Features

I Eat Alone

Millennial Munching

I Eat Alone
Photo By Todd V. Wolfson

Dining at home alone for the big millennial celebration on New Year's Eve? Fret you not, big boy. Regardless of the "whys" surrounding your incognito status this year, give yourself a hearty pat on the back for not succumbing to the irrational pressure to socialize. There's absolutely nothing wrong with reveling in the glory of your own personality while everyone else is busy lowering their standards for a good time. You deserve fun on your own terms, and that's something you can give to yourself as well as anybody, maybe even better. That said, let's eat!

Begin your meal preparation by making sure the TV is in good working order. Television is the perfect companion for eating alone because you can yell at it without being yelled back at. I love to read as much as the next guy, but let's face it, you're going to feel pretty stupid yelling at a Tom Clancy paperback. Instead, take out your latent misanthropic urges on TV's nonstop parade of millennial hubbub. Quote from Guy DeBord's Society of the Spectacle with your mouth full. Make sure your straight-laced neighbors hear you screaming support for anarchism, euthanasia, and full-frontal nudity in prime time. For an even fuller sense of catharsis, consider throwing your dinner at the TV set.

As for the food itself, make sure you know what level of cooking you're comfortable with before you bother hitting the Y2K-frenzied supermarkets. Cooking can be a lot of work, and nothing ruins a good meal faster than too much work. Perhaps you'd be better off forgoing meal preparation altogether by getting takeaway at a fast-food outlet (or at many fast food outlets, see "Second Helpings," p.57).

I Eat Alone
Photo By Todd V. Wolfson

If you're going to be preparing any kind of meat, I highly recommend a George Foreman Lean Mean Fat Reducing Grilling Machine. A single serving model can be had on sale for about $20. This trouser press for beef grills both sides of the meat at once, reducing cooking time by half. There's no messy oil splatter, and excess fat drains off the inclined cooking surface. Even better, clean-up time is reduced to a few quick passes with a soft sponge. If I sound like I'm getting paid to say this, I wish I were.

You could spend a lot of time peeling garlic cloves, dicing up parsley, and getting pepper juice in your eye, but seasonings that come in a container are much more user-friendly. It's not like you're cooking to impress anyone, so just shake some Zatarain's Creole Seasoning on whatever you're cooking, and be done with it. If you want to make your food hotter, try some Sriracha hot Chili Sauce. Although its most common use is with Vietnamese noodle soups, Sriracha blends well with just about anything.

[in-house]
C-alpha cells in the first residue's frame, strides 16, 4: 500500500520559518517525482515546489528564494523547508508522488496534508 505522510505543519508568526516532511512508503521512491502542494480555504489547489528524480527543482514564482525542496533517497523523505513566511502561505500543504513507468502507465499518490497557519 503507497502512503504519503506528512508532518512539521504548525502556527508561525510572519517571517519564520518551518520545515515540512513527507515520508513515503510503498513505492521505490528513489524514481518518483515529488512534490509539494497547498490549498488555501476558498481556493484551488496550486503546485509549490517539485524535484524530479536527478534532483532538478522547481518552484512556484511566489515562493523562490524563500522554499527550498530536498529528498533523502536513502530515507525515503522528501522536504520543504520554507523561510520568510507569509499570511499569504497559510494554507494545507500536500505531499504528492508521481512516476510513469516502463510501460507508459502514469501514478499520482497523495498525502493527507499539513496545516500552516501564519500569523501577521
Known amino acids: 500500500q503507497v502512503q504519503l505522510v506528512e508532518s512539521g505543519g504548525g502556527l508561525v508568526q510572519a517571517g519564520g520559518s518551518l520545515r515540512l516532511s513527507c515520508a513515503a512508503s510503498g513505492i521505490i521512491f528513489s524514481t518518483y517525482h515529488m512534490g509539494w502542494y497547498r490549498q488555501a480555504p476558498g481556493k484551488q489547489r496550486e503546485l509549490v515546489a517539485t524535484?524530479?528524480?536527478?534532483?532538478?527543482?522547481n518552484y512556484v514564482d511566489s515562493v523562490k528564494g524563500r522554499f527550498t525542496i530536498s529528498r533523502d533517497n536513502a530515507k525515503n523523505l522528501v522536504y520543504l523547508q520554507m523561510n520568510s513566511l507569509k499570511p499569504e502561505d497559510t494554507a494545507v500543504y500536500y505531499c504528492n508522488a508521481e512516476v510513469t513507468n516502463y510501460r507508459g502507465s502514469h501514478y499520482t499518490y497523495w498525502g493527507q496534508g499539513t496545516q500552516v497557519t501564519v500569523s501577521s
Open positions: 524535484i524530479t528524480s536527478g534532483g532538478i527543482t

If you're going the TV dinner route, stay the hell away from Healthy Choice. Although some of Healthy Choice's products are quite good (most notably their Chicken & Sausage Gumbo), New Year's Eve is not the time to get healthy. Go ahead and treat yourself by purchasing frozen entrees with at least 55% of the recommended daily saturated fat allowance. Make sure there's lots of flavorful sodium added, too. The good folks at Marie Callender's make a tasty Yankee Pot Pie that contains 60% of the RDA for sodium and an astounding 105% of the RDA for saturated fat. This is the kind of foodstuff I want to end a century with.

For your last dessert of the millennium, give yourself permission to lick the sugary sweet beaters of childhood one more time. Buy a can of Betty Crocker Creamy Deluxe Frosting and eat it with a spoon. Devour an entire 24-count box of Blue Bell Pop & Fudge Bars. Suck a tube of Pillsbury Cookie Dough. Finish off that tin of caramel corn you bought the day after Christmas for 99 cents. Do whatever the child inside you demands so long as it doesn't involve hostages. Then wash your dessert down with a four-pack of Bartles & Jaymes Original Flavor wine coolers.

Once the Times Square ball has dropped and the sound of illegal firecrackers subsides, pull out the big box of photos, love letters, and assorted mementos you've been saving since junior high school. Allow your mind to wander freely, pursuing old wounds, embarrassing memories, and agonizing "what-ifs." Gradually work your way forward until you arrive at the first picture taken of you and your most recent ex, the one where you were both impossibly giddy in love. As you ponder the implications of being at home alone for the beginning of a new millennium, let yourself weep profusely in honor of your many bad choices. And be sure there's a toilet nearby.

As noted 20th-century bard Howard Jones once sang, "Things can only get better." end story

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